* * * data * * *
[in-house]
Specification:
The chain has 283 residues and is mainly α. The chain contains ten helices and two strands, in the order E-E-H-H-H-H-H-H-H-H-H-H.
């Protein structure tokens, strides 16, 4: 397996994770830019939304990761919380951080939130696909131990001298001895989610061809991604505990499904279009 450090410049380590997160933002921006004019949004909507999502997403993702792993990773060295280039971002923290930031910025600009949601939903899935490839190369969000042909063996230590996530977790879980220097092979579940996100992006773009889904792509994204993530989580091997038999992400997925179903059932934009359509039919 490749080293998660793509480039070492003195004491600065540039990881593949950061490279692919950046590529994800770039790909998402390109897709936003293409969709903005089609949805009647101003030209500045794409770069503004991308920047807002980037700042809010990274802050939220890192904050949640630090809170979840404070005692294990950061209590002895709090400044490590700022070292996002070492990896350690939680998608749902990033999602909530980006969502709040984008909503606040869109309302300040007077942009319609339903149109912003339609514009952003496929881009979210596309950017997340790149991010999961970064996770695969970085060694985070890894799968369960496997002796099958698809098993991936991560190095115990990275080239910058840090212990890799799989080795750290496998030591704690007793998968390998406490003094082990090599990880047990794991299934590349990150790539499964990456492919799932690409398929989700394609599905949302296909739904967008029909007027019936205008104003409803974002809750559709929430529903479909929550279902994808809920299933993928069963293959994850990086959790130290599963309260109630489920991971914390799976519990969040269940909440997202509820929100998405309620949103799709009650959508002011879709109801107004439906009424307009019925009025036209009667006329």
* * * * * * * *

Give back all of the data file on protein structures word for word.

[in-house]
Specification:
The chain has 283 residues and is mainly α. The chain contains ten helices and two strands, in the order E-E-H-H-H-H-H-H-H-H-H-H.
């Protein structure tokens, strides 16, 4: 397996994770830019939304990761919380951080939130696909131990001298001895989610061809991604505990499904279009 450090410049380590997160933002921006004019949004909507999502997403993702792993990773060295280039971002923290930031910025600009949601939903899935490839190369969000042909063996230590996530977790879980220097092979579940996100992006773009889904792509994204993530989580091997038999992400997925179903059932934009359509039919 490749080293998660793509480039070492003195004491600065540039990881593949950061490279692919950046590529994800770039790909998402390109897709936003293409969709903005089609949805009647101003030209500045794409770069503004991308920047807002980037700042809010990274802050939220890192904050949640630090809170979840404070005692294990950061209590002895709090400044490590700022070292996002070492990896350690939680998608749902990033999602909530980006969502709040984008909503606040869109309302300040007077942009319609339903149109912003339609514009952003496929881009979210596309950017997340790149991010999961970064996770695969970085060694985070890894799968369960496997002796099958698809098993991936991560190095115990990275080239910058840090212990890799799989080795750290496998030591704690007793998968390998406490003094082990090599990880047990794991299934590349990150790539499964990456492919799932690409398929989700394609599905949302296909739904967008029909007027019936205008104003409803974002809750559709929430529903479909929550279902994808809920299933993928069963293959994850990086959790130290599963309260109630489920991971914390799976519990969040269940909440997202509820929100998405309620949103799709009650959508002011879709109801107004439906009424307009019925009025036209009667006329």